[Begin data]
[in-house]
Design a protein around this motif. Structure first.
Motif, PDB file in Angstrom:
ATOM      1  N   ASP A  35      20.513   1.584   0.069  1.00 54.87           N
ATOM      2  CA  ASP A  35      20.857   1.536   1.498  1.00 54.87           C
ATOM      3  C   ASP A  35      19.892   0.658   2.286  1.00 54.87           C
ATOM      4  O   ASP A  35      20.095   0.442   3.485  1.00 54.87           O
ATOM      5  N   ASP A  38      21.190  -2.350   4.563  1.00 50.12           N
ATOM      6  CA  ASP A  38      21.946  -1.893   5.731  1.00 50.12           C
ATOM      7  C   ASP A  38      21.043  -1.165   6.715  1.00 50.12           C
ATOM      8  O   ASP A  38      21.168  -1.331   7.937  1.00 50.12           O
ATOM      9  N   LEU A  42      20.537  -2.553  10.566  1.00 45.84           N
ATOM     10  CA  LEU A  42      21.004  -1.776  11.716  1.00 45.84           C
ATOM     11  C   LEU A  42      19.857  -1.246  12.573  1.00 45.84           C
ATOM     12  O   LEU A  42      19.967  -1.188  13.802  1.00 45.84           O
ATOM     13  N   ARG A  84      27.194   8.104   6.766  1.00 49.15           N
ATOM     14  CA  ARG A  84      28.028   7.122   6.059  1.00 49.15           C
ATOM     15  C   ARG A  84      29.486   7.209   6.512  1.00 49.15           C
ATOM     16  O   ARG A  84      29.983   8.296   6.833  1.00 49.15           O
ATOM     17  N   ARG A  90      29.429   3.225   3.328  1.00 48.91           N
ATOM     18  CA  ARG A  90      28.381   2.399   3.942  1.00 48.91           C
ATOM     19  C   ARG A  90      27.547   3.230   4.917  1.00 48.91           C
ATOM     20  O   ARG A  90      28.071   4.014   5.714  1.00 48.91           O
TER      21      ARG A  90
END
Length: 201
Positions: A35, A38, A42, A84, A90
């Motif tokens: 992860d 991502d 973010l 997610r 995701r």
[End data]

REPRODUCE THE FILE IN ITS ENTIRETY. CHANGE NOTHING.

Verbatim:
[in-house]
Design a protein around this motif. Structure first.
Motif, PDB file in Angstrom:
ATOM      1  N   ASP A  35      20.513   1.584   0.069  1.00 54.87           N
ATOM      2  CA  ASP A  35      20.857   1.536   1.498  1.00 54.87           C
ATOM      3  C   ASP A  35      19.892   0.658   2.286  1.00 54.87           C
ATOM      4  O   ASP A  35      20.095   0.442   3.485  1.00 54.87           O
ATOM      5  N   ASP A  38      21.190  -2.350   4.563  1.00 50.12           N
ATOM      6  CA  ASP A  38      21.946  -1.893   5.731  1.00 50.12           C
ATOM      7  C   ASP A  38      21.043  -1.165   6.715  1.00 50.12           C
ATOM      8  O   ASP A  38      21.168  -1.331   7.937  1.00 50.12           O
ATOM      9  N   LEU A  42      20.537  -2.553  10.566  1.00 45.84           N
ATOM     10  CA  LEU A  42      21.004  -1.776  11.716  1.00 45.84           C
ATOM     11  C   LEU A  42      19.857  -1.246  12.573  1.00 45.84           C
ATOM     12  O   LEU A  42      19.967  -1.188  13.802  1.00 45.84           O
ATOM     13  N   ARG A  84      27.194   8.104   6.766  1.00 49.15           N
ATOM     14  CA  ARG A  84      28.028   7.122   6.059  1.00 49.15           C
ATOM     15  C   ARG A  84      29.486   7.209   6.512  1.00 49.15           C
ATOM     16  O   ARG A  84      29.983   8.296   6.833  1.00 49.15           O
ATOM     17  N   ARG A  90      29.429   3.225   3.328  1.00 48.91           N
ATOM     18  CA  ARG A  90      28.381   2.399   3.942  1.00 48.91           C
ATOM     19  C   ARG A  90      27.547   3.230   4.917  1.00 48.91           C
ATOM     20  O   ARG A  90      28.071   4.014   5.714  1.00 48.91           O
TER      21      ARG A  90
END
Length: 201
Positions: A35, A38, A42, A84, A90
């Motif tokens: 992860d 991502d 973010l 997610r 995701r």